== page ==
As a student major in architecture, I could say that architectural strategies play a great role in making the collaboration atmosphere. You could see a huge difference when you look at the office built during the industrial boom and in our contemporary era. People at the industrial era see office as a closed space to let your focus on your work. Space are made as cubicle to let you – again – keep focus on the paper. Interaction, eventually chattering around, is considered as non-productive activity that doesn’t flow money. A tight schedule was made to ensure you work around the clock and you get paid for the hours you spent.
But then during the beginning of 20th century people start to realize about the need of being open. Carl Benscheidt commissioned Walter Gropius to design (redesign to be exact) his new factory for the shoe last company Fagus. Monocle on December 2013/January 2014 issue told its reader that this factory is “still as people-friendly as it was 100 years ago.” This sense also being realized through Johnson Wax Building design by Frank Lloyd Wright. Besides being famous for its mushroom-like structure, this office also offered open plan design. Both of this office design realize an important aspect of light that make it sound.
But not until 1974 collaboration takes place to be considered as design. Central Beheer in Apeldoorn by Herman Hertzberger brought the value of being in small group as the idea of arranging the working space. When open plan is criticized because people lose the sense of place (imagine you are in the middle of vastness and wide space), his design grouped the workspace into a space of 6-10 people. It allows people to mark their own space (maybe decorate it) but still interact with the others.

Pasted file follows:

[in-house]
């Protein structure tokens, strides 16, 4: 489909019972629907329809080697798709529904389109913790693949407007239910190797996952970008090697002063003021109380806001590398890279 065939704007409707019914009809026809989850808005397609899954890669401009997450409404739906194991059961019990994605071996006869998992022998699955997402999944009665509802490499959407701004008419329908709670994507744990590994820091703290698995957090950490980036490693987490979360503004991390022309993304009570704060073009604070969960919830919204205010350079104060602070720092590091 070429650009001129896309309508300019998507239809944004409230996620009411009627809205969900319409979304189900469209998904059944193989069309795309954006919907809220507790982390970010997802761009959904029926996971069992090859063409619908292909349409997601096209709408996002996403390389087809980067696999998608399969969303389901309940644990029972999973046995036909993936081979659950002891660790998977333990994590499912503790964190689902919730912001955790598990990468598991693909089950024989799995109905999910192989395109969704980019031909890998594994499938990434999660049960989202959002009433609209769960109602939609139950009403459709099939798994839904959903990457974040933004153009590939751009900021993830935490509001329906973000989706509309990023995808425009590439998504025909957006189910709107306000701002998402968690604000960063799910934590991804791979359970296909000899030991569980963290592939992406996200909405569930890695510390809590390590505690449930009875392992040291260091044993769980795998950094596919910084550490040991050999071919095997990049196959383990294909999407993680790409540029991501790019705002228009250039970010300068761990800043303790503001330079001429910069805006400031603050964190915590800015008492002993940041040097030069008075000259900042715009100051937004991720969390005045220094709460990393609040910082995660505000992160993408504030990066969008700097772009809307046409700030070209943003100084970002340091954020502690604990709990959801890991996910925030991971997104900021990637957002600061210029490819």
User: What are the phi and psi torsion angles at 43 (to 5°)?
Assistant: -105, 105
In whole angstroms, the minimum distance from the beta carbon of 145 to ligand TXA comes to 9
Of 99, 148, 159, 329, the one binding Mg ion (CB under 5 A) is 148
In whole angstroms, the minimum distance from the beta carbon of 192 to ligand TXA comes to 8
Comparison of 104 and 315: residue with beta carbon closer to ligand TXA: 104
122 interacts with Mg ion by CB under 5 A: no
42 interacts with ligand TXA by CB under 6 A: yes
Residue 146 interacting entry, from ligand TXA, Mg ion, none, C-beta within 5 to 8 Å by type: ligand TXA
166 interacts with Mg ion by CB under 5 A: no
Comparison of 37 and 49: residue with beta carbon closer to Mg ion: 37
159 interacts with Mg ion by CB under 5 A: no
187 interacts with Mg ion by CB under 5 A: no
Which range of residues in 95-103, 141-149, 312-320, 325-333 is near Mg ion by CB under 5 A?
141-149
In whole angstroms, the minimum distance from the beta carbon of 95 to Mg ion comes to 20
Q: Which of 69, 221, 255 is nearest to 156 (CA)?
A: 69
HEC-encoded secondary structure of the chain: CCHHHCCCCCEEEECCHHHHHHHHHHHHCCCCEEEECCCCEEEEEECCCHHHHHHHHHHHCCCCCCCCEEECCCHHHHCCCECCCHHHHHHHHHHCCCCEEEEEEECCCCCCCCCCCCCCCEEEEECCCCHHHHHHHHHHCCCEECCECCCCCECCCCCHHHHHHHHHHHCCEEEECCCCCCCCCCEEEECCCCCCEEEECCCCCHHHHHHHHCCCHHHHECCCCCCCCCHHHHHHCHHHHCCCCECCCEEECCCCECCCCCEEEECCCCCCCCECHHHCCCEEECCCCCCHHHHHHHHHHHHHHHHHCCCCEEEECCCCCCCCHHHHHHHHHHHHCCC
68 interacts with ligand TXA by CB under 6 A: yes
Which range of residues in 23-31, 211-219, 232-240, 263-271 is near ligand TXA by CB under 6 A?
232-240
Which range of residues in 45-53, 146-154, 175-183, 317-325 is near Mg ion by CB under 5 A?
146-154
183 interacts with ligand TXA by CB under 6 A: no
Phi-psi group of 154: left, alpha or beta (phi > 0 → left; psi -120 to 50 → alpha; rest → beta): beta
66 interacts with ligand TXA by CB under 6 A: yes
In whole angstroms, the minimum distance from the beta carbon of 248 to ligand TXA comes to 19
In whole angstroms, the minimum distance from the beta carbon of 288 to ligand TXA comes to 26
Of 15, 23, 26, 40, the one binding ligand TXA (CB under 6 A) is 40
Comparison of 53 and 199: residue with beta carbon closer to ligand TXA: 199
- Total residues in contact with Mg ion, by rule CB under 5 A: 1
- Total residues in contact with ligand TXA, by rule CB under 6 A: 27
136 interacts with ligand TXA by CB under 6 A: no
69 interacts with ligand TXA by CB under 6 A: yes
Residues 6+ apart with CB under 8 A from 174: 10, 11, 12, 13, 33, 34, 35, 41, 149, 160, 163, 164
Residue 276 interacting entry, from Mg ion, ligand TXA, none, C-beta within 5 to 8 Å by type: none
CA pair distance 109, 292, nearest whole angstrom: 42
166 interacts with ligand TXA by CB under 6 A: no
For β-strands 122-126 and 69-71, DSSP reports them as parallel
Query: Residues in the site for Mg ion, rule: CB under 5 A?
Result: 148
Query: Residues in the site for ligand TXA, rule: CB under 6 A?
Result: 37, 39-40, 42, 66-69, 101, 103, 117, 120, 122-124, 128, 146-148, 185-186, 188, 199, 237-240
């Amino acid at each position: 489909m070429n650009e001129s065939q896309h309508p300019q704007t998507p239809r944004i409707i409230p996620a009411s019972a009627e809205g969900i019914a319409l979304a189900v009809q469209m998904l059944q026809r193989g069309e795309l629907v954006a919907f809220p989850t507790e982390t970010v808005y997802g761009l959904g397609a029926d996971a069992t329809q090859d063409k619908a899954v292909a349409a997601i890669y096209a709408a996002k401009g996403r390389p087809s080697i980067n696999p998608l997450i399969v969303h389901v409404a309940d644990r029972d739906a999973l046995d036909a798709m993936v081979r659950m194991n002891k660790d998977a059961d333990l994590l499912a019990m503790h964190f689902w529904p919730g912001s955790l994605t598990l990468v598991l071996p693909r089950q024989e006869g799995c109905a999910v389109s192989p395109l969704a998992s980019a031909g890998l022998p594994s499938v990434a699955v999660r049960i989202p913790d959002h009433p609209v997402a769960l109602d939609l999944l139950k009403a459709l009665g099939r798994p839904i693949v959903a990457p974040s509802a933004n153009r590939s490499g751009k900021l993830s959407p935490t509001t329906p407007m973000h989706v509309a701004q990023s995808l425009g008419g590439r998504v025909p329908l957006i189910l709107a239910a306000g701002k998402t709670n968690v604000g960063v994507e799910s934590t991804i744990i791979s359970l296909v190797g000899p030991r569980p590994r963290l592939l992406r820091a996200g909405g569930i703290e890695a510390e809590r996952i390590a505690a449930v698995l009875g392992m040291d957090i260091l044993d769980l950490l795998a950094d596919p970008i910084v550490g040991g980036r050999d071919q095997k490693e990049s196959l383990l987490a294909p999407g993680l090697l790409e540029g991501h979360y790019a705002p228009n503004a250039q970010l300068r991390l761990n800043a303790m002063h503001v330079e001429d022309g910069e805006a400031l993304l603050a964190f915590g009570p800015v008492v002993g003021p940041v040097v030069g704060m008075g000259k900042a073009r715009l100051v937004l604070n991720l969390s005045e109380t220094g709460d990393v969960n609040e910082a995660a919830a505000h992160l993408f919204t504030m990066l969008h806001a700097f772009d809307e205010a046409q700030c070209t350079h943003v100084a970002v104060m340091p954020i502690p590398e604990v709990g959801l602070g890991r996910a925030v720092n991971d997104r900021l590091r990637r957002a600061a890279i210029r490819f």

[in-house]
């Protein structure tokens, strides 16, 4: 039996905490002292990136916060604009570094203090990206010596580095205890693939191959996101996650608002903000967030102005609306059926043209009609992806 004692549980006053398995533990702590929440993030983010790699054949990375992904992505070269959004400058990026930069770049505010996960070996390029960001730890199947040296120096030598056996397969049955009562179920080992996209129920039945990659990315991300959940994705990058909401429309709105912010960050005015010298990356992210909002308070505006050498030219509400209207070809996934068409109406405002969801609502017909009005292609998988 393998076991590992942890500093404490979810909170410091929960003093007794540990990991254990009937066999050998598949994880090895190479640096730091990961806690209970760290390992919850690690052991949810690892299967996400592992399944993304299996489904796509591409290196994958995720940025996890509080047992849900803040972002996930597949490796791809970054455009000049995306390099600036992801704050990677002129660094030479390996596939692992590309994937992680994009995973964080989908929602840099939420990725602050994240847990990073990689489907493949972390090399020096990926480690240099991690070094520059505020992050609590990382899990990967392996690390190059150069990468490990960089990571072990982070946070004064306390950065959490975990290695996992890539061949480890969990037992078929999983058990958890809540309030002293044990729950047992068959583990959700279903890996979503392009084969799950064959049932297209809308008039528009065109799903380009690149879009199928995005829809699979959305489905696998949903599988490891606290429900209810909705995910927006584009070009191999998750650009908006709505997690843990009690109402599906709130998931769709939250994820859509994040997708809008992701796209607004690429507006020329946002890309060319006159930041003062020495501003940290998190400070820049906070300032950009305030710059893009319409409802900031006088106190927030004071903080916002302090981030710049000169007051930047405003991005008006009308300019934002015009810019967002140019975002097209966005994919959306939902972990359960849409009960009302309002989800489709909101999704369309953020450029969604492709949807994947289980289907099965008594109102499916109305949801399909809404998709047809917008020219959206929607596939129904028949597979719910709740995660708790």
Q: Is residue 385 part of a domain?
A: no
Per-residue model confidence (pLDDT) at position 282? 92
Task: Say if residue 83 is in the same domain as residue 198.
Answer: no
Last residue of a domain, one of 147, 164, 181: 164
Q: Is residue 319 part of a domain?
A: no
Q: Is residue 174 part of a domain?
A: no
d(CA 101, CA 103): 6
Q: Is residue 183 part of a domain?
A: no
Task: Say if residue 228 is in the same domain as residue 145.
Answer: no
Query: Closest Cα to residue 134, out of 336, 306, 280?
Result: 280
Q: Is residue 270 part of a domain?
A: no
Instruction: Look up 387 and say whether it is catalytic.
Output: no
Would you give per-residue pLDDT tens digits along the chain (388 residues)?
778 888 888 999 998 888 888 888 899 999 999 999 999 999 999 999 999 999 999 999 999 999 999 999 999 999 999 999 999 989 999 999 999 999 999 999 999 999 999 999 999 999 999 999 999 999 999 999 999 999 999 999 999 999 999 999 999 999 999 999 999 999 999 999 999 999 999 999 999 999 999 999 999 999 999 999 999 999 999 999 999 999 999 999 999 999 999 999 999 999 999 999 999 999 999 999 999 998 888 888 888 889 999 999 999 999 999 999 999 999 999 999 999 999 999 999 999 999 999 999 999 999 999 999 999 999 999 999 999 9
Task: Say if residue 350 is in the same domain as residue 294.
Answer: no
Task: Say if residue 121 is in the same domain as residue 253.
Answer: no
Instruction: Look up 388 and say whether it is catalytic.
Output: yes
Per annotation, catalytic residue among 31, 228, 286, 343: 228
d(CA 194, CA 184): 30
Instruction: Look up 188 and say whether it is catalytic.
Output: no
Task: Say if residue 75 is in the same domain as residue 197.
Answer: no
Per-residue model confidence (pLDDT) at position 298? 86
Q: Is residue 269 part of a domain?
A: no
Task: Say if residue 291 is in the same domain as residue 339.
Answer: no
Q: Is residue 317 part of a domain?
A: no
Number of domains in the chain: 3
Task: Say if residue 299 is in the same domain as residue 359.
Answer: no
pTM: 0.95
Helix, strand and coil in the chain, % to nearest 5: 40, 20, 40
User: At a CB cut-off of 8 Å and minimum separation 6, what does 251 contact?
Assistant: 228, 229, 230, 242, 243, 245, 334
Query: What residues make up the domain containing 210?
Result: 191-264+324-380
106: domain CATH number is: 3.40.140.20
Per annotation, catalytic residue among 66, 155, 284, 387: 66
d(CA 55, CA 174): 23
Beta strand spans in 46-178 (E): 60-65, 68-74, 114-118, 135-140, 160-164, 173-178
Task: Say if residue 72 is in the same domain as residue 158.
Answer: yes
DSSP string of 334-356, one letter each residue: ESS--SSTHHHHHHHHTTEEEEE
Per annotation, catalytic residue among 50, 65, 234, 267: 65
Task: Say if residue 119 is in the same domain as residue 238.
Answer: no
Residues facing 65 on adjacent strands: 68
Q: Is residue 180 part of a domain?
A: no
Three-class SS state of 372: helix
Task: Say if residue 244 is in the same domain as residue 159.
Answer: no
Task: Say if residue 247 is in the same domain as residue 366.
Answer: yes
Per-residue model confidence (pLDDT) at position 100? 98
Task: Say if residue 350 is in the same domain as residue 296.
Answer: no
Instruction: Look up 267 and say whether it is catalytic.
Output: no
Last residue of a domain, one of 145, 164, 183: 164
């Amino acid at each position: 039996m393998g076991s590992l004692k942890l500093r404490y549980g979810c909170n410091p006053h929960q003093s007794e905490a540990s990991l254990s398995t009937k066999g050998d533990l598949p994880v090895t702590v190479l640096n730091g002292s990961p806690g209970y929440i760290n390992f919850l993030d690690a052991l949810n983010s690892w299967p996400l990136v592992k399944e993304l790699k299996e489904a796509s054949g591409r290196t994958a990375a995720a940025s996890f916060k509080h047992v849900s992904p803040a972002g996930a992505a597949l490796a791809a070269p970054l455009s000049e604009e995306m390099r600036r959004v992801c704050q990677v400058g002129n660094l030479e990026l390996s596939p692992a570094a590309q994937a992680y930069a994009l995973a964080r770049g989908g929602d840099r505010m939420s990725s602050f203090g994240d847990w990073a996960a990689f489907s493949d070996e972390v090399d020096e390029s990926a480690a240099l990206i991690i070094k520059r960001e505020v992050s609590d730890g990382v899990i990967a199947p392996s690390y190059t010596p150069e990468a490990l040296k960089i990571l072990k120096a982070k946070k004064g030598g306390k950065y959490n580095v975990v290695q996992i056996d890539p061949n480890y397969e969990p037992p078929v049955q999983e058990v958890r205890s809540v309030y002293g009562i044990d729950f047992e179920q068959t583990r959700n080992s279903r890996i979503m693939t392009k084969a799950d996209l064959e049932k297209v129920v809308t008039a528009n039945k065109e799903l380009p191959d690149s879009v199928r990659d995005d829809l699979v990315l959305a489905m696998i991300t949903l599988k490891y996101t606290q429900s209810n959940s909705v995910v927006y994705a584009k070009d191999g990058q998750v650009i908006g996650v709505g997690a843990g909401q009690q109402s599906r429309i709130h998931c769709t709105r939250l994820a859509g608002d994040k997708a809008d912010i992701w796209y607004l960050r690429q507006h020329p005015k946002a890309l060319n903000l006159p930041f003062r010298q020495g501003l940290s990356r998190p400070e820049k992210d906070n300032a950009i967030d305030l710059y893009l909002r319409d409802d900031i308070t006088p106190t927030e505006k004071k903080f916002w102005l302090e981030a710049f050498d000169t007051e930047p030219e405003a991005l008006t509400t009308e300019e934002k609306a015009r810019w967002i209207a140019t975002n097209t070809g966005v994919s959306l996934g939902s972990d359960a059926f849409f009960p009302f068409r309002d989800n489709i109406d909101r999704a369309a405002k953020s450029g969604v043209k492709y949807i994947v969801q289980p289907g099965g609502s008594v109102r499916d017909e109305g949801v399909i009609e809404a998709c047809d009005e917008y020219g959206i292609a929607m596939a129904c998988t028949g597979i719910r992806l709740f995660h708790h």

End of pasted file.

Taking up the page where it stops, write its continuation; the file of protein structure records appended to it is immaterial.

So will We?
So think back about our present days. Coworking has been said to be getting more popular as the cafe hoppers and home workers find their society and community. If we are talking about community making, it’s right that technology contribute most of it. As the energetic youth prefer a fresh and brand new idea, coworking helps them to get the creative side out. A vibrant environment with passionate souls fill the entire room to boost up their days.
“Will we cowork in the future?” is a contextual statement, rather than rhetorical question. We are talking about what will the graduates do after they struggle their way out of the college and universities. Being in an office might still offer a good alternative, but we need more deliberate options to suit their kind of mobile lifestyle.
As the end of the texts, I would like to give my opinion on the future of technologies. As we are building our future, it’s only a matter of time we would realize that technology only a complementary. The euphoria may be hasn’t finished yet, it’s okay. We just love something’s new. We just need to adapt on the changes and prepare the best of the transformation. As problems arrive, it’s because human will always be forced to think and solve new problems – just like your teachers did in your school. [GIE_2014]